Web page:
Nicotinic acid in supplemental amounts beyond nutritional needs can cause skin flushing, so some formulations are manufactured and labeled as prolonged, sustained, extended, or timed release to minimize this unpleasant side effect. Nicotinamide does not produce skin flushing because of its slightly different chemical structure [2,12]. Niacin supplements are also available in the form of inositol hexanicotinate, and these supplements are frequently labeled as being flush free because they do not cause flushing. The absorption of niacin from inositol hexanicotinate varies widely but on average is 30% lower than from nicotinic acid or nicotinamide, which are almost completely absorbed [12-14]. Two niacin-like compounds, nicotinamide riboside and nicotinamide mononucleotide (NMN; also referred to as β-NMN), are also available as dietary supplements, but are not marketed or labeled as sources of niacin [11]. However, FDA ruled in November 2022 that NMN may not be legally marketed as a dietary supplement because it has been authorized for investigation by FDA as a new drug [15].


Niaspan and generic niacin ER, available as a prescription medicine, provides 500-1,000 mg extended-release nicotinic acid. It is used to treat high blood cholesterol levels.

Niacin Intakes and Status

Most people in the United States consume more than the RDA for niacin. An analysis of data from the 2015–2016 National Health and Nutrition Examination Survey (NHANES) found that the average daily niacin intake from foods and beverages was 21.4 mg for age 2–19 [16]. In adults, the average daily niacin intake from foods and beverages was 31.4 mg in men and 21.3 mg in women. An analysis of data from the 2009–2012 NHANES found that only 1% of adults had intakes of niacin from foods and beverages below the EAR [17]. Among all racial and ethnic groups, Hispanics had the greatest prevalence, 1.3%, of niacin intakes below the EAR [18].

According to self-reported data from the 2013–2014 NHANES, 21% of all individuals age 2 and older took a dietary supplement containing niacin [16]. The proportion of users increased with age from 8% of those age 12–19 years to 39% of men and 40% of women age 60 and older. Supplement use doubled or tripled total niacin intakes compared with intakes from diet alone. According to data from the 2003–2006 NHANES, 10% of all individuals age 2 and older who took dietary supplements had total niacin intakes that reached or exceeded the UL [19].

Niacin Deficiency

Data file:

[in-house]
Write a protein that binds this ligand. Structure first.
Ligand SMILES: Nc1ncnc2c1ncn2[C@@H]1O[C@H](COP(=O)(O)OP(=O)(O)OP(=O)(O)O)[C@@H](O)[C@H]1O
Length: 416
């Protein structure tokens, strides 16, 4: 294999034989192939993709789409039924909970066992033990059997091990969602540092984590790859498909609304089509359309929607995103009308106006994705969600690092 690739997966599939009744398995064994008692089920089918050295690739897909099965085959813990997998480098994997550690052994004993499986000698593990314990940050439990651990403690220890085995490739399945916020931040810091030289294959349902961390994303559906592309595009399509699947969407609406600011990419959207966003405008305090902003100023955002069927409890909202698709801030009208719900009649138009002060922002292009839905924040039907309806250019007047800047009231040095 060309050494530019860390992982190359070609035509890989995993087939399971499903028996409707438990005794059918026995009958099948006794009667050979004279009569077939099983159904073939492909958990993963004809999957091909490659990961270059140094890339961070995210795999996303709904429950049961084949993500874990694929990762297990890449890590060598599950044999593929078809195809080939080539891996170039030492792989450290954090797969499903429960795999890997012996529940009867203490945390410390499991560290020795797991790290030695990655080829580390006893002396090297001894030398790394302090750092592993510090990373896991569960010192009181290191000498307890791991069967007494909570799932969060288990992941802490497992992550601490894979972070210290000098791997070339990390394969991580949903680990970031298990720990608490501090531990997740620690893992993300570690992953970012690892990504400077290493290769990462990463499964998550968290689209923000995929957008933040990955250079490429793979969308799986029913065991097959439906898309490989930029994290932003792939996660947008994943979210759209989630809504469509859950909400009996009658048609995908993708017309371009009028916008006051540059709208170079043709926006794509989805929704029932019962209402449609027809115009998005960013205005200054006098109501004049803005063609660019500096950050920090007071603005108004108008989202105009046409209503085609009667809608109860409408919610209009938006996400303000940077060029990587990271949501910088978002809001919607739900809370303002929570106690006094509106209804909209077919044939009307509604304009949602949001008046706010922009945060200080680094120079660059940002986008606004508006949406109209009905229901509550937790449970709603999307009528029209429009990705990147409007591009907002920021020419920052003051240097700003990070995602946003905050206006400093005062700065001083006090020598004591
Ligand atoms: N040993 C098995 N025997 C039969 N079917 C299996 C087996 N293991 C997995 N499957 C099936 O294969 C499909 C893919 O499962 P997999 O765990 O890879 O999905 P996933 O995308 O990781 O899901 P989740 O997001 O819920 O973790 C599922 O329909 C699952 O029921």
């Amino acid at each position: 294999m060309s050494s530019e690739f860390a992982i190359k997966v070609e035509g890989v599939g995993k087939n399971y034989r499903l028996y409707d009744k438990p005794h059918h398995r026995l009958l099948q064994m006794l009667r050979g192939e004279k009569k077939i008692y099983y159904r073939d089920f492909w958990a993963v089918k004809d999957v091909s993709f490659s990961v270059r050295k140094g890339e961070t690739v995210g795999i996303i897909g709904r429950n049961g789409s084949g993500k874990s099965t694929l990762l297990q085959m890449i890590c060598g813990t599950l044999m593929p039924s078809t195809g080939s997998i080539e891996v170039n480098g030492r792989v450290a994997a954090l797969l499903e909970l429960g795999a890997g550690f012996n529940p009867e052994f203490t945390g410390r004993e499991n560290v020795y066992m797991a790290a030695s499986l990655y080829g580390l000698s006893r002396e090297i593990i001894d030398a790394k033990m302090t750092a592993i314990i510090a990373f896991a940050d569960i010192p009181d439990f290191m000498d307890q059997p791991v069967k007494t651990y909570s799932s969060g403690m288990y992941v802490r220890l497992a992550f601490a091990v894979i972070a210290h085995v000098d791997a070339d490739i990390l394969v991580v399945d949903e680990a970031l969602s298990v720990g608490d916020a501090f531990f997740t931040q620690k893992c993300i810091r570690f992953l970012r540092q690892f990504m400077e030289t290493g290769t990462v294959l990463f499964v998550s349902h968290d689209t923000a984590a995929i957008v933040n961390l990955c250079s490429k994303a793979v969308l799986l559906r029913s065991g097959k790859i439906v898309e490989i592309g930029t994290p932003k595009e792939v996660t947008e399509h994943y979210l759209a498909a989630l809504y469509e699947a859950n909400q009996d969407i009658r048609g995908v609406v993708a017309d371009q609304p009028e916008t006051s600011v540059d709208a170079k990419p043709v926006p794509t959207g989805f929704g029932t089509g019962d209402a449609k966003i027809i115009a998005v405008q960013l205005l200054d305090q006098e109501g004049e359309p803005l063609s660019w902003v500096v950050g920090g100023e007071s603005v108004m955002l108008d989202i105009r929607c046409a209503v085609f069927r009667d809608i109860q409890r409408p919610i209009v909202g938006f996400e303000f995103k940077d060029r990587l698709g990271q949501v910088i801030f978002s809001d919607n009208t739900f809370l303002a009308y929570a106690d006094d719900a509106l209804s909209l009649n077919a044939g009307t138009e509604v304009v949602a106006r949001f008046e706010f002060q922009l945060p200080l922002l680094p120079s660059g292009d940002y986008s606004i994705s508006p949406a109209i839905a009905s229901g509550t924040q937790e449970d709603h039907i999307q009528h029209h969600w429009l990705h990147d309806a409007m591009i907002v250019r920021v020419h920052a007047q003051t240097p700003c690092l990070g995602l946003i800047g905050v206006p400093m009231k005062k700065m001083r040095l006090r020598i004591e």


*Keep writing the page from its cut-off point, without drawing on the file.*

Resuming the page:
Severe niacin deficiency leads to pellagra, a disease characterized by a pigmented rash or brown discoloration on skin exposed to sunlight; the skin also develops a roughened, sunburned-like appearance [2,4,20,21]. In addition, pellagra can cause a bright red tongue and changes in the digestive tract that lead to vomiting, constipation, or diarrhea. The neurological symptoms of pellagra can include depression; apathy; headache; fatigue; loss of memory that can progress to aggressive, paranoid, and suicidal behaviors; and auditory and visual hallucinations [2-4]. As pellagra progresses, anorexia develops, and the affected individual eventually dies [3].

Pellagra is uncommon in industrialized populations and is mostly limited to people living in poverty, such as refugees and displaced people who eat very limited diets low in niacin and protein [21,22]. Pellagra was not uncommon in the early 20th century among individuals living in poverty in the southern United States and parts of Europe whose limited diets consisted mainly of corn [2,3]. The World Health Organization recommends treating pellagra with 300 mg/day nicotinamide in divided doses for 3–4 weeks along with a B-complex or yeast product to treat likely deficiencies in other B vitamins [21].

Although frank niacin deficiencies leading to pellagra are very rare in the United States, some individuals have marginal or low niacin status [2,20,22,23].

Groups at Risk of Niacin Inadequacy

Niacin inadequacy usually arises from insufficient intakes of foods containing niacin and tryptophan. It can also be caused by factors that reduce the conversion of tryptophan to niacin, such as low intakes of other nutrients [2,22]. The following groups are among those most likely to have inadequate niacin status.

People with undernutrition

People who are undernourished because they live in poverty or have anorexia, alcohol use disorder, AIDS, inflammatory bowel disease, or liver cirrhosis often have inadequate intakes of niacin and other nutrients [2,20,22,23].

People with inadequate riboflavin, pyridoxine, and/or iron intakes

People who do not consume enough riboflavin (vitamin B2), pyridoxine (vitamin B6), or iron convert less tryptophan to niacin because enzymes in the metabolic pathway for this conversion depend on these nutrients to function [2,22].

People with Hartnup disease

Hartnup disease is a rare genetic disorder involving the renal, intestinal, and cellular transport processes for several amino acids, including tryptophan. The disease interferes with the absorption of tryptophan in the small intestine and increases its loss in the urine via the kidneys [2,23,24]. As a result, the body has less available tryptophan to convert to niacin.